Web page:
Photo courtesy of Wikimedia Commons
When the Tōhoku earthquake hit off the coast of Japan on March 11, 2011, no one could have predicted the enormous ripple effect it would have on the island nation and the world.
The Tōhoku quake -- the fifth-strongest earthquake ever recorded, measuring a 9.0 on the Richter scale -- triggered a massive tsunami that reached inland up to six miles in some places and reached heights upward of 130 feet. The tsunami hit the Fukushima Daiichi power plant, below, causing half of its nuclear reactors to melt down and releasing radioactive materials into the air, water, and surrounding landscape.
Photo courtesy of Wikimedia Commons
An estimated 300,000 people evacuated the area, and residential and commercial areas around the power plant are still largely unoccupied three years later out of fear of radiation exposure and contamination.
That's because the Fukushima Daiichi nuclear disaster is the largest nuclear incident since the 1986 Chernobyl disaster in Ukraine. Since then, many countries have taken further action to reduce their use of nuclear energy. For example, the German government has mandated that nuclear power plants be phased out by 2022. The Swiss have announced similar plans.
But despite the obvious environmental risks and public health problems that nuclear power creates, the United States is undergoing a period of renewed interest in nuclear energy. If the U.S. experiences a resurgence of the nuclear industry, it poses a threat to our environment, our public health, and our safety. We must use the anniversary of Fukushima to remind ourselves that nuclear energy is still not -- and never will be -- the answer to our energy problems.
Every step of nuclear power generation -- from uranium mining, to building a plant, to disposing of waste -- is riddled with problems.
For example, each nuclear reactor produces an estimated 2,300 metric tons of waste each year. This radioactive waste is hazardous for all aspects of the environment, and long-term storage is still being negotiated. In addition, the transportation of nuclear waste to a long-term site brings its own set of public health and environmental risks. Mechanical failure and accidents have been compounded with threats presented by vandalism and terrorism. Beyond the susceptibility of nuclear facilities to natural catastrophe and environmental burdens, it would be globally negligent to overlook their use as terrorist targets in a post-9/11 era.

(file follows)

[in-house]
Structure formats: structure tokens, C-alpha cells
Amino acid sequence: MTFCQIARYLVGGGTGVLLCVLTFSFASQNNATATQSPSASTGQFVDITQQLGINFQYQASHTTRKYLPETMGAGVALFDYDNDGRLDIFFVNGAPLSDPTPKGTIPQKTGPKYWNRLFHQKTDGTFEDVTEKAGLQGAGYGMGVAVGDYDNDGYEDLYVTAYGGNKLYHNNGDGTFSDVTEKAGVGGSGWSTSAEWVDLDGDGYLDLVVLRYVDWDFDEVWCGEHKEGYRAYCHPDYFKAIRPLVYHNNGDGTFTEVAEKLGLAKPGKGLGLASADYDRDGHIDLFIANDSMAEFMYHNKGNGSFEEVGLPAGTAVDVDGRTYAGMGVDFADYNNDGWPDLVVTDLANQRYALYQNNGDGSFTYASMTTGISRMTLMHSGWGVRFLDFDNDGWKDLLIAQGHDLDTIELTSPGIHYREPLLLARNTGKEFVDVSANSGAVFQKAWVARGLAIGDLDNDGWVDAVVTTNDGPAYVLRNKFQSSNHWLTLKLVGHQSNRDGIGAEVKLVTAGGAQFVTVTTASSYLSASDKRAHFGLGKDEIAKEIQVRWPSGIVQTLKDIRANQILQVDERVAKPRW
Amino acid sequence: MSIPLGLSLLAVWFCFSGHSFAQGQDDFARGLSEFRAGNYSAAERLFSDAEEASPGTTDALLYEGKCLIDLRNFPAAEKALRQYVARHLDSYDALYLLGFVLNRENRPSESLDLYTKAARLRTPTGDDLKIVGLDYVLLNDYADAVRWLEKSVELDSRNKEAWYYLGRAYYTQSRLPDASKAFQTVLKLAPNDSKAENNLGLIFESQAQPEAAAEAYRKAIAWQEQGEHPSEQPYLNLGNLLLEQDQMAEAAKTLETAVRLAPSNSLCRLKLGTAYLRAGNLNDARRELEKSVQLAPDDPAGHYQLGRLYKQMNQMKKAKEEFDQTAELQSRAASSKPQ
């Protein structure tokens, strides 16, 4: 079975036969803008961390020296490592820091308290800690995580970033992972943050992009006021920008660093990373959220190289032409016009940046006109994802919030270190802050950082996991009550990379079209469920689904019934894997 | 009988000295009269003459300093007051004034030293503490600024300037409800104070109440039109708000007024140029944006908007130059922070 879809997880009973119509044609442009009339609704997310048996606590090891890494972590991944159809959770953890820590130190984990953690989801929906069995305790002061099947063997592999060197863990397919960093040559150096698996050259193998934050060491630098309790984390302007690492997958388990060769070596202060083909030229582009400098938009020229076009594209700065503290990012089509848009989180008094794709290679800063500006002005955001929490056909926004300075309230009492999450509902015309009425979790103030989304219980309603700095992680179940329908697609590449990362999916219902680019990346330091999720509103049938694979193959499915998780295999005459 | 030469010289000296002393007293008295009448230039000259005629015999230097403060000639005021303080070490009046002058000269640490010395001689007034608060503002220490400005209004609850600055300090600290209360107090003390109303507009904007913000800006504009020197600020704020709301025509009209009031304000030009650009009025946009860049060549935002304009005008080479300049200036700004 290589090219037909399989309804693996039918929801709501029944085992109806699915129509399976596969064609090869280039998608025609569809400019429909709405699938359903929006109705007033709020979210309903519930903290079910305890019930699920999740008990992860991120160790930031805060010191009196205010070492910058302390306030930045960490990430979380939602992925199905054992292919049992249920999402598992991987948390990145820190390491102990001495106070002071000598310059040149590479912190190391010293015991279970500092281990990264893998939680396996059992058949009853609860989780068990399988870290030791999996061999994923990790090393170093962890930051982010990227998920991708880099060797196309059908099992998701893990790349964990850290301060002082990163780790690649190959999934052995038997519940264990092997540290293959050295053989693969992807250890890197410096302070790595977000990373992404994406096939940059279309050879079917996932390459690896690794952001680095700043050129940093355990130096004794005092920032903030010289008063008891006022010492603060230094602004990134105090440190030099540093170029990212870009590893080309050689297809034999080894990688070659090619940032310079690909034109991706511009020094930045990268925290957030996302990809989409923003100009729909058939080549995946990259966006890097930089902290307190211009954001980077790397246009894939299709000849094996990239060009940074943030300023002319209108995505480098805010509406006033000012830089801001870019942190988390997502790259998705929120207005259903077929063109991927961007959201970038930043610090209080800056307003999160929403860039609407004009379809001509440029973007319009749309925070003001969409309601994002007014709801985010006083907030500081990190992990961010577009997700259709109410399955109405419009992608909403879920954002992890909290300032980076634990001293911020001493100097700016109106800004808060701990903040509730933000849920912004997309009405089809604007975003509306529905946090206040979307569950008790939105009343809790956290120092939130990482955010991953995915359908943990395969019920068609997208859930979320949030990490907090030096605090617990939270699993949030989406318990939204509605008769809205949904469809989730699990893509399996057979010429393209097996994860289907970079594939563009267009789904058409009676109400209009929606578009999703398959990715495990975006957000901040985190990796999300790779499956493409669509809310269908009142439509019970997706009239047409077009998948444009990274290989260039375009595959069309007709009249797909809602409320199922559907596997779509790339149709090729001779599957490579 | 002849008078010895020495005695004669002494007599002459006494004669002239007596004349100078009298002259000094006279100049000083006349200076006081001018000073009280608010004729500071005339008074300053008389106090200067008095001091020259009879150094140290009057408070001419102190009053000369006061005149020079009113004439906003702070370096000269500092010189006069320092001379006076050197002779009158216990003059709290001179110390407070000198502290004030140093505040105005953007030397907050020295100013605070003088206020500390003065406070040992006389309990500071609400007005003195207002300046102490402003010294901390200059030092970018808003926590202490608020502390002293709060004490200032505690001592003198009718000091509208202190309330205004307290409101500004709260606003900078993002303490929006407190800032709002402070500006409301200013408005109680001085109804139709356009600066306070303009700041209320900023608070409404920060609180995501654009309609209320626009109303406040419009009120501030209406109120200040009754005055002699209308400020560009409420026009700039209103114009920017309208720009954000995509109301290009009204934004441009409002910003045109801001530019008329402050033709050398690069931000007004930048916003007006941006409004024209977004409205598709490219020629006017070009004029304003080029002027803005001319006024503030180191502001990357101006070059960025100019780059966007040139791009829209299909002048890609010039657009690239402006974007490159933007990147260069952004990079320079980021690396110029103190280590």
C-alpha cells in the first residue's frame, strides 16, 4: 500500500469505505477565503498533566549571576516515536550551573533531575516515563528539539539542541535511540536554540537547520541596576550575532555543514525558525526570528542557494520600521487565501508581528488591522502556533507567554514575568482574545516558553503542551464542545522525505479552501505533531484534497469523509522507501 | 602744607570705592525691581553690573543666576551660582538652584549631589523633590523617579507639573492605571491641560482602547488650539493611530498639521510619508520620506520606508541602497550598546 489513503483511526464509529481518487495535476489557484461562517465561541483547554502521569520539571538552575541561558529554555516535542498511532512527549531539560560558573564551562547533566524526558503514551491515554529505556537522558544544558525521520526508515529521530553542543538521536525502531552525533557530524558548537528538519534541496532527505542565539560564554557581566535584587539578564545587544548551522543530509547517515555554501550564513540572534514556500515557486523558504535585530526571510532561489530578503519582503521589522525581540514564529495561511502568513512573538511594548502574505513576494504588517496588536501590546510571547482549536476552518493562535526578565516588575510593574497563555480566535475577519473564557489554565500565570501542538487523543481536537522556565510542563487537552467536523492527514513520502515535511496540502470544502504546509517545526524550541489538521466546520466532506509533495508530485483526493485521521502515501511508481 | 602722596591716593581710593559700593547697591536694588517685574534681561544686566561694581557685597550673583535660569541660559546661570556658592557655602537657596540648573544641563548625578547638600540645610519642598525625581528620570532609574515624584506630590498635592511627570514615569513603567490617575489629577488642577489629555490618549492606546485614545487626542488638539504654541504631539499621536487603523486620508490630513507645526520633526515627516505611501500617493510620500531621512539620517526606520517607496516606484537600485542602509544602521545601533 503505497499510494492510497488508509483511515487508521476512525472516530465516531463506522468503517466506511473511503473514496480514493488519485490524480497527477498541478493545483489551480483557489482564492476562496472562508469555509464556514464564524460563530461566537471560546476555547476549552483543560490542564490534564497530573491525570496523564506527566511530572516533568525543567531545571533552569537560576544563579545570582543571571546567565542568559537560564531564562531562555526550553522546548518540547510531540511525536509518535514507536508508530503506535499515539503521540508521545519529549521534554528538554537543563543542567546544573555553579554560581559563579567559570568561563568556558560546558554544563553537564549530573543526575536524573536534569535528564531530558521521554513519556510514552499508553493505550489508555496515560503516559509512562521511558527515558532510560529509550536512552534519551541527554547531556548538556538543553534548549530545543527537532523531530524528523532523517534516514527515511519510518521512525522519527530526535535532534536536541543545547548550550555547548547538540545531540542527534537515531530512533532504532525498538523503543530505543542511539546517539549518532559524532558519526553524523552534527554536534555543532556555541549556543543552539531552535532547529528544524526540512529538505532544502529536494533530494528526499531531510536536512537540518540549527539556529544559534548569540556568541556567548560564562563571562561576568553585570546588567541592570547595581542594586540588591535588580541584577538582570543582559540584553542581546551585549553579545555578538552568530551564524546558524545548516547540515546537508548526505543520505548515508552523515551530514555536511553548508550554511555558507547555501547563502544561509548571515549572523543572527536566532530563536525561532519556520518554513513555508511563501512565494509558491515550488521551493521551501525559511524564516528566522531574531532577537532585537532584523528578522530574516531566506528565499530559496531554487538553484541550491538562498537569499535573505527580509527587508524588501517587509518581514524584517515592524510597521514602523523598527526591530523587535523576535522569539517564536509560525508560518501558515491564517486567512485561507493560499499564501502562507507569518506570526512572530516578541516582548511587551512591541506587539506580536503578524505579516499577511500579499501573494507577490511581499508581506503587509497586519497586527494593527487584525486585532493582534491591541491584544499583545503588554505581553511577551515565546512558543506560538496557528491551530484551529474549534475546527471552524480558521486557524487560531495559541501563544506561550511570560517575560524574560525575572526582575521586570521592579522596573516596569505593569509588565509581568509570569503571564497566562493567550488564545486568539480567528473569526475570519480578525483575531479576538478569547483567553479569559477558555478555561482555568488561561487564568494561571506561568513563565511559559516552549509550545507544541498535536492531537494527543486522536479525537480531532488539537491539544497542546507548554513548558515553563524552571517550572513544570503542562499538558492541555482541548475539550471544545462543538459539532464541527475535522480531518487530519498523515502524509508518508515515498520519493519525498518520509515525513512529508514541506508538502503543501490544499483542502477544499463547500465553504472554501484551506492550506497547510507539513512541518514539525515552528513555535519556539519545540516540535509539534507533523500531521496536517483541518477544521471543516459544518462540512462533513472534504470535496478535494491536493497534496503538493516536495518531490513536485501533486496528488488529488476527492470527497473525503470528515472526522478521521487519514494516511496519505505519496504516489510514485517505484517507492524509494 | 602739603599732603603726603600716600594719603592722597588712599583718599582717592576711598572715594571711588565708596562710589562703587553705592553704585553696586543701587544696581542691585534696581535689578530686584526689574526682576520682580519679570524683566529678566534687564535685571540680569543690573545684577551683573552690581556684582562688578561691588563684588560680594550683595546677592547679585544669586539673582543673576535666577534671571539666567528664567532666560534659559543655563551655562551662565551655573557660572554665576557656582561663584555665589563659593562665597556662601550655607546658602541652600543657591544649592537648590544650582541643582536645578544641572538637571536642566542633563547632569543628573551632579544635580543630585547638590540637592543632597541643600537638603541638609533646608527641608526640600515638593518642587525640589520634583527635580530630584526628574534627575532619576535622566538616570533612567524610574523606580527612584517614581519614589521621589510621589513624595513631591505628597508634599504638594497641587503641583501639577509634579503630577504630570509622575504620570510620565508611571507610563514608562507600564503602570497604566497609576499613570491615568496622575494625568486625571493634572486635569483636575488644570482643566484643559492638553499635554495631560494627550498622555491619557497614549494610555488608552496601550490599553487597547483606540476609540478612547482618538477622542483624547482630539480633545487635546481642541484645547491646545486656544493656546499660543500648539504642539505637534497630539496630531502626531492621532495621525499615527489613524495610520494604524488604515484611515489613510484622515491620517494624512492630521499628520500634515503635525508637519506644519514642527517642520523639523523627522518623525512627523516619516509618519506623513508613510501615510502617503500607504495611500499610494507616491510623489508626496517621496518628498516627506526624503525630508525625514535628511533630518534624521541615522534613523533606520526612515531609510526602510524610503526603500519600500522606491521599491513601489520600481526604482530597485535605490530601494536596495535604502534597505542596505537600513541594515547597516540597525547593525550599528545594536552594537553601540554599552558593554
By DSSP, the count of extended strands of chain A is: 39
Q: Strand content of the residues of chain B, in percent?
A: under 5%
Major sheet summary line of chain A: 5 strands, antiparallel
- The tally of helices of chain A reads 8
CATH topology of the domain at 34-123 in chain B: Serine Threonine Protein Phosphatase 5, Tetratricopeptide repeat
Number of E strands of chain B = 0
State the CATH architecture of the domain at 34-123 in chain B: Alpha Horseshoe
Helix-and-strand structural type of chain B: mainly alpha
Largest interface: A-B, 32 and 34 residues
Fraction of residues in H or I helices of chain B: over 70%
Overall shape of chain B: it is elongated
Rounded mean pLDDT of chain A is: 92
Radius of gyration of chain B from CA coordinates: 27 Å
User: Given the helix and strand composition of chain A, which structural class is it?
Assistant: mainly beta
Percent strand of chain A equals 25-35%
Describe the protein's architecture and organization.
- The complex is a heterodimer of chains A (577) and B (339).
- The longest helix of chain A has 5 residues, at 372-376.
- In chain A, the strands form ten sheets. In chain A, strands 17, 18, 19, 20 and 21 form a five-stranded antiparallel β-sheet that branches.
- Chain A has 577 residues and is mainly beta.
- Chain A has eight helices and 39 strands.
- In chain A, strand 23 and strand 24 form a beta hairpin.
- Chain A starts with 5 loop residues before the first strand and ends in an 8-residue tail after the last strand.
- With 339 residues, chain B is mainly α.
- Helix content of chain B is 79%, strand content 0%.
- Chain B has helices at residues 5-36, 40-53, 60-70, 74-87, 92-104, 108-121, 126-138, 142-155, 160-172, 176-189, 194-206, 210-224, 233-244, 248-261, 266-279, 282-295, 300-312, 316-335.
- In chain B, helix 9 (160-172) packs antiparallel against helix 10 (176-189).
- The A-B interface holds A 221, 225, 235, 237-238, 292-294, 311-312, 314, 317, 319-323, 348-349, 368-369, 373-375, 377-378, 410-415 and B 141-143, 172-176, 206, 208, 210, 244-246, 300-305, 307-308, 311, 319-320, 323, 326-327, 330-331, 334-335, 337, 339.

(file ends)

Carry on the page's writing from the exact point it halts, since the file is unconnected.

From a financial perspective, the nuclear industry has a long and expensive history of taxpayer subsidies and excessive charges to utility ratepayers. The cost of electricity generated by a new nuclear plant is estimated to be about 60 percent greater than the cost of electricity from wind energy. Consequently, nuclear power companies must rely on several types of government subsidies for everything from startup capital to decommissioning and waste disposal.
These extra costs, which will be borne by American ratepayers, can be avoided if the United States focuses on a clean energy future. By investing in wind and solar power, the U.S. will create more jobs without risking public health or the environment. By moving away from our nuclear past, we can ensure a cleaner, brighter, healthier America in the years to come.
In the case of Fukushima, the problems stemming from nuclear power were catastrophic. The people of Japan are still coping with the effects of radiation and contamination, as they will be for years to come. The safest way to power our world is to move away from hazardous nuclear energy and toward a clean energy future.
-- Radha Adhar, Sierra Club Associate Washington Representative